Fall is a prelude to hibernation for many animals, myself included. Although for many it is a time for gearing up for the holidays, I always find the annual “Thanksgiving – Christmas – New Year’s” bustle to be counter-intuitive to my natural rhythm, which wants to slow down in preparation for “a long winter’s nap.” While others are shopping and gathering at parties and preparing great feasts, I am preparing for a winter of creative hibernation.
My small harvest of gourds (only two!) that I had left in the basement to dry in the fall developed an impressive fuzzy mold by Christmas. They are already beginning to look otherworldly. They, too, have entered into deep hibernation.
I decided to take them outside to continue their voyage of transformation. They were still quite heavy and have much more drying to do.
After a few rainstorms, the fuzzy mold was washed away and the gourds were transformed into ethereal planets from another galaxy.
I am documenting these stages of the drying process because these breathtaking colors are only transitory. I wish I could find a way to stop the process and keep them just like this.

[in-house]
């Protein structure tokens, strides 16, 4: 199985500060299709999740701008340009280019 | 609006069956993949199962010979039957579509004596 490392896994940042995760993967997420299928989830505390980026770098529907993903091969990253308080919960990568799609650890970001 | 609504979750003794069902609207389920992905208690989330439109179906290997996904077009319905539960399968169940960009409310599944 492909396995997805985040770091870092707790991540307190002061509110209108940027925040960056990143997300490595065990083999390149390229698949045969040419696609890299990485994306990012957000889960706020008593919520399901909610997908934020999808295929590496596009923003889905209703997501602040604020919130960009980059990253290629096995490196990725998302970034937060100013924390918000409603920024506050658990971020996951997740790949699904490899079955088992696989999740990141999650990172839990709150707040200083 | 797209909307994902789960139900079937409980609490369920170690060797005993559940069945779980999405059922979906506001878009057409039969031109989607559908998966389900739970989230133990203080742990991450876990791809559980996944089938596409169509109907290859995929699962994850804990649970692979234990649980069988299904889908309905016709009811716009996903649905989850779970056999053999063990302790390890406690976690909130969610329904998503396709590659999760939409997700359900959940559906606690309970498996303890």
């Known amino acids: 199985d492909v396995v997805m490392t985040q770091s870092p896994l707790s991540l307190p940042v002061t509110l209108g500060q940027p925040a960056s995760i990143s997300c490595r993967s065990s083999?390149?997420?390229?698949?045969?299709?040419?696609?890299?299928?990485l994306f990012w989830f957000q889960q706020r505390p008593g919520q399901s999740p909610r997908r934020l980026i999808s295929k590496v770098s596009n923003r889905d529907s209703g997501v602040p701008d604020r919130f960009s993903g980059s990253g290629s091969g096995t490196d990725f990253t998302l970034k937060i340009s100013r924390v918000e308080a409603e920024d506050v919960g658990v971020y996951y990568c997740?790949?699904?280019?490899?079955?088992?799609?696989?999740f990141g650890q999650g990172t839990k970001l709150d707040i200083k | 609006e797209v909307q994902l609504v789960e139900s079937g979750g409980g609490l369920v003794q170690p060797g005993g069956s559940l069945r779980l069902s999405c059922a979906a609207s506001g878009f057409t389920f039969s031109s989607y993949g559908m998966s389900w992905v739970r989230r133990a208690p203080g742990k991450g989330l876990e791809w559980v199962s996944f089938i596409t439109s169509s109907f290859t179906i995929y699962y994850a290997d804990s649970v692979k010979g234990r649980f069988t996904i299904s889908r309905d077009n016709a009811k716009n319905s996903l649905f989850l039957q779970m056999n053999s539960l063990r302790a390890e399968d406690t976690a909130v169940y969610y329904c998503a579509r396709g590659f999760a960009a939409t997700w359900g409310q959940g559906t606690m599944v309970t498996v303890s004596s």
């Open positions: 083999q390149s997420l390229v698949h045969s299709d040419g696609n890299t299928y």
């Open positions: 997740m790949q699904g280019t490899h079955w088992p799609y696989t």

A hearty snow finally arrived in January and the gourds disappeared under a thick, white blanket to continue their hibernation and transformation.
By now, I am in complete hibernation mode as well. The holidays are over as I retreat into the peace and quiet of my studio, far from the chatter and obligation of social gatherings. My civilized self can now rest as my wild nature is allowed free reign. This is deep creative time.To the outside world, it looks like I’m “taking a break” but in reality there is much activity beneath the surface.
By the end of February the snow had briefly melted, revealing the gourds’ continued transformation. I pick one up carefully to check for moisture by assessing its weight.
Success! It was light as a feather. The gourds have dried perfectly! Like butterflies, they emerge from their hibernation different, stronger, even more beautiful.
I will leave them outside until spring and their outer layer has completely fallen away. I have big plans for them. And for me, too.
And Now for the Science…
Bushel Gourd (Lagenaria siceraria). Lagenaria is a genus of gourd-bearing vines in the squash family (Cucurbitaceae). Native to Asia, and later – Africa.
Sources: American Gourd Society, Wikipedia
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